2019 SUZUKI RM-Z250: THE ’19s VIDEO SERIES

The 2019 Suzuki RM-Z250 was the last 250 MX bike in the Dirt Bike Magazine test fleet. We already knew what to expect because we did a brief riding impression of the bike in Japan a few months ago. Once the production test bike arrived, it was pushed directly  into our 2019 shootout and thus had less track time than the other 250 motocrossers. Now we’ve had the bike for some time and have put more miles on it. As part of our video series “The ’19s,” here’s a little more information on the bike that Suzuki will be sending into the moto wars of 2019.

Suzuki’s 2019 RM-Z250 has all-new style and more pep in its step.
Suzuki’s 2019 RM-Z250 has all-new style and more pep in its step.

Suzuki treated the 2019 RM-Z250 to many of the same designs and updates that the RM-Z450 got for 2018 but with key differences. The most interesting of these is the move to dual injectors, similar to the system used for the Kawasaki KX250. A secondary injector is placed between the air filter and the throttle body, and it kicks in at high rpm. There is also a 30-percent-larger air filter intake aperture, a straighter outlet to the throttle body, a redesigned cylinder-head intake, and exhaust port with increased fuel pressure designed to improve fuel/air atomization.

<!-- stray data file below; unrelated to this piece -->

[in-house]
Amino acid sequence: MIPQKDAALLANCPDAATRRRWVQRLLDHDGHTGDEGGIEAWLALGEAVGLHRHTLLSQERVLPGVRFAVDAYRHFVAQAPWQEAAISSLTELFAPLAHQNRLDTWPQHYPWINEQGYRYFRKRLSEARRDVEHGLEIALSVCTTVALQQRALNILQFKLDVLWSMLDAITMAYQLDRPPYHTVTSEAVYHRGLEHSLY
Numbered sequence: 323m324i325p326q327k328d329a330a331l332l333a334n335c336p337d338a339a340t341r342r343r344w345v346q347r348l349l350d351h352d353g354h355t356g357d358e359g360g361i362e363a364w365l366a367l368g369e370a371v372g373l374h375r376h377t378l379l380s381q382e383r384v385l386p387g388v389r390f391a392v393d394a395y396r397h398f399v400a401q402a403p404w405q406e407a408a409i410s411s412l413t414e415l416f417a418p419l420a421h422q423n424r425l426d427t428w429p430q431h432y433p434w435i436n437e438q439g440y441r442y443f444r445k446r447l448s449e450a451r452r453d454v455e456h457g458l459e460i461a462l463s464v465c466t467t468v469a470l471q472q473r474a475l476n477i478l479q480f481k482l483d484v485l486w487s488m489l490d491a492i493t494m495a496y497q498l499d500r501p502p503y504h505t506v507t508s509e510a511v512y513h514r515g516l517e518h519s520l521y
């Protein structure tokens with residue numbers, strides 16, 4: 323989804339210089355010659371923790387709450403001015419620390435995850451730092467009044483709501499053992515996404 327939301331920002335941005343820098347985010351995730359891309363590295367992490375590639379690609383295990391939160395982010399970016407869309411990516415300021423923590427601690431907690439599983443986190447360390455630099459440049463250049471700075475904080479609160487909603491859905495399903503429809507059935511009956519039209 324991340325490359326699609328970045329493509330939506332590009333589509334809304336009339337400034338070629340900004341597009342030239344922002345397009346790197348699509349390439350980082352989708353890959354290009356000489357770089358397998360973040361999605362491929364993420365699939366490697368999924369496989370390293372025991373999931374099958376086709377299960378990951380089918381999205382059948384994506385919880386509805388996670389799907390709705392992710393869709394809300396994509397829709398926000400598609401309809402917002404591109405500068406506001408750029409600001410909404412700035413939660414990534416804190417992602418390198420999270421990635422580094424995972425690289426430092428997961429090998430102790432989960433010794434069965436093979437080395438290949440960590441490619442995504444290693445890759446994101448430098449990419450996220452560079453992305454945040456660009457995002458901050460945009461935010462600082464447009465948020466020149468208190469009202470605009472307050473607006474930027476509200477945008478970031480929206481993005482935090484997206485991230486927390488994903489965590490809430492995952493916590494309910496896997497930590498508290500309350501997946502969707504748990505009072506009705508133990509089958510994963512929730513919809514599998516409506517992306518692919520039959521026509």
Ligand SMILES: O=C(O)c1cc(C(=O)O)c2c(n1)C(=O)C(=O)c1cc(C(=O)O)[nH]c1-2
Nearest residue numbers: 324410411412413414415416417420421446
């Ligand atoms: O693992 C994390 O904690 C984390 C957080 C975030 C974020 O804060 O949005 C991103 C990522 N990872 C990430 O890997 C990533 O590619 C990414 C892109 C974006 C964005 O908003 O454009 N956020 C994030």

The entire exhaust system has been redesigned 99mm longer and features an internal tapered head pipe too. The fourth generation of Suzuki’s multi-level holeshot assistance system (called S-HAC) debuted on the 2019 model and retains the use of color-coded couplers to adjust the power delivery. Sorry to say, it did not get electric start.

The 2019 RM-Z250 received the same overall styling updates as the 2018 RM-Z450. The plastic is now interchangeable.
The 2019 RM-Z250 received the same overall styling updates as the 2018 RM-Z450. The plastic is now interchangeable.

In the chassis department the frame is all new for the 2019 RM-Z250, but very similar to that of the new 450. Compared to the older 250 frame, it’s narrower, lighter and more rigid. The new design also repositions the motor with more of a forward rotation. Unlike the 450, the RM-Z250 uses KYB suspension. The fork has dual-coil springs, and the rear shock has four different ways of adjusting the damping, plus new linkage. The front brake rotor is larger. The rims are now D.I.D Dirt Stars, and the tires are Dunlop MX33s.